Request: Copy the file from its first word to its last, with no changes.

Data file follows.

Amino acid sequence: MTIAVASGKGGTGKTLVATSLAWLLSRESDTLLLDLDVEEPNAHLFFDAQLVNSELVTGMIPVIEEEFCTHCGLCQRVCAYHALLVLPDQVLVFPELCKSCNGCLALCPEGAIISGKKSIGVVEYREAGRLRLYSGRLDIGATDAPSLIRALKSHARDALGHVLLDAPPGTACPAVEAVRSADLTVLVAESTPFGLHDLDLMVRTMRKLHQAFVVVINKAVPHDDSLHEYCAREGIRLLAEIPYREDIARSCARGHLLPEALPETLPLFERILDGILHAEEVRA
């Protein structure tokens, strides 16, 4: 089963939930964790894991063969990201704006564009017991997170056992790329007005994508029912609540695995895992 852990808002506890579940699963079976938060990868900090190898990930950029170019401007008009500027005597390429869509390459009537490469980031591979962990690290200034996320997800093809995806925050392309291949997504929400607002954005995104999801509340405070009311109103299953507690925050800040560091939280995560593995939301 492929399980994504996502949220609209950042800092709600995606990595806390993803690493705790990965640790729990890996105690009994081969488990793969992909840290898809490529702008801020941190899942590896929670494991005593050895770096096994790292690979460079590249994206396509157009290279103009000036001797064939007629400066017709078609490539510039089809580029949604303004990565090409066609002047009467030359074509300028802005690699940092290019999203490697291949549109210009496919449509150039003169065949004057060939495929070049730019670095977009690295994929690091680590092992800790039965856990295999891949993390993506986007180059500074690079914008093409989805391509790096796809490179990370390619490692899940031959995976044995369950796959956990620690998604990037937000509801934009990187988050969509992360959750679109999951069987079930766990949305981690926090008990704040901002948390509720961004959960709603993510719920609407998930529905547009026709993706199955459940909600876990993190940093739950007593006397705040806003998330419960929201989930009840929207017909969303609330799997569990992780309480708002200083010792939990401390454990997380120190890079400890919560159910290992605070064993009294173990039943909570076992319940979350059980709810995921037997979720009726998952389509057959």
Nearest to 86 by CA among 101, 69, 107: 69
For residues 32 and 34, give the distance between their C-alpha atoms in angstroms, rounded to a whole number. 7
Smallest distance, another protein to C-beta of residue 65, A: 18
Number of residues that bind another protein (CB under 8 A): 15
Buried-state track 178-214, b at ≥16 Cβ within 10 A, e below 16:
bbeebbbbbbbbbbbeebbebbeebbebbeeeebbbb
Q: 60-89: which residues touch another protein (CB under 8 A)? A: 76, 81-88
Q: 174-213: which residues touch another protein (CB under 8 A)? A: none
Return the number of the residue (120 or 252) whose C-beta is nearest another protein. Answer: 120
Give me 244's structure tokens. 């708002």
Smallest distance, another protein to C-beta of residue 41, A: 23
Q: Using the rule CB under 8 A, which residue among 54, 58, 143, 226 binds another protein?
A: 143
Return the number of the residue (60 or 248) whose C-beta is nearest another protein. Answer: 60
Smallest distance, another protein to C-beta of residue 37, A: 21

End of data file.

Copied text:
Amino acid sequence: MTIAVASGKGGTGKTLVATSLAWLLSRESDTLLLDLDVEEPNAHLFFDAQLVNSELVTGMIPVIEEEFCTHCGLCQRVCAYHALLVLPDQVLVFPELCKSCNGCLALCPEGAIISGKKSIGVVEYREAGRLRLYSGRLDIGATDAPSLIRALKSHARDALGHVLLDAPPGTACPAVEAVRSADLTVLVAESTPFGLHDLDLMVRTMRKLHQAFVVVINKAVPHDDSLHEYCAREGIRLLAEIPYREDIARSCARGHLLPEALPETLPLFERILDGILHAEEVRA
């Protein structure tokens, strides 16, 4: 089963939930964790894991063969990201704006564009017991997170056992790329007005994508029912609540695995895992 852990808002506890579940699963079976938060990868900090190898990930950029170019401007008009500027005597390429869509390459009537490469980031591979962990690290200034996320997800093809995806925050392309291949997504929400607002954005995104999801509340405070009311109103299953507690925050800040560091939280995560593995939301 492929399980994504996502949220609209950042800092709600995606990595806390993803690493705790990965640790729990890996105690009994081969488990793969992909840290898809490529702008801020941190899942590896929670494991005593050895770096096994790292690979460079590249994206396509157009290279103009000036001797064939007629400066017709078609490539510039089809580029949604303004990565090409066609002047009467030359074509300028802005690699940092290019999203490697291949549109210009496919449509150039003169065949004057060939495929070049730019670095977009690295994929690091680590092992800790039965856990295999891949993390993506986007180059500074690079914008093409989805391509790096796809490179990370390619490692899940031959995976044995369950796959956990620690998604990037937000509801934009990187988050969509992360959750679109999951069987079930766990949305981690926090008990704040901002948390509720961004959960709603993510719920609407998930529905547009026709993706199955459940909600876990993190940093739950007593006397705040806003998330419960929201989930009840929207017909969303609330799997569990992780309480708002200083010792939990401390454990997380120190890079400890919560159910290992605070064993009294173990039943909570076992319940979350059980709810995921037997979720009726998952389509057959």
Nearest to 86 by CA among 101, 69, 107: 69
For residues 32 and 34, give the distance between their C-alpha atoms in angstroms, rounded to a whole number. 7
Smallest distance, another protein to C-beta of residue 65, A: 18
Number of residues that bind another protein (CB under 8 A): 15
Buried-state track 178-214, b at ≥16 Cβ within 10 A, e below 16:
bbeebbbbbbbbbbbeebbebbeebbebbeeeebbbb
Q: 60-89: which residues touch another protein (CB under 8 A)? A: 76, 81-88
Q: 174-213: which residues touch another protein (CB under 8 A)? A: none
Return the number of the residue (120 or 252) whose C-beta is nearest another protein. Answer: 120
Give me 244's structure tokens. 């708002």
Smallest distance, another protein to C-beta of residue 41, A: 23
Q: Using the rule CB under 8 A, which residue among 54, 58, 143, 226 binds another protein?
A: 143
Return the number of the residue (60 or 248) whose C-beta is nearest another protein. Answer: 60
Smallest distance, another protein to C-beta of residue 37, A: 21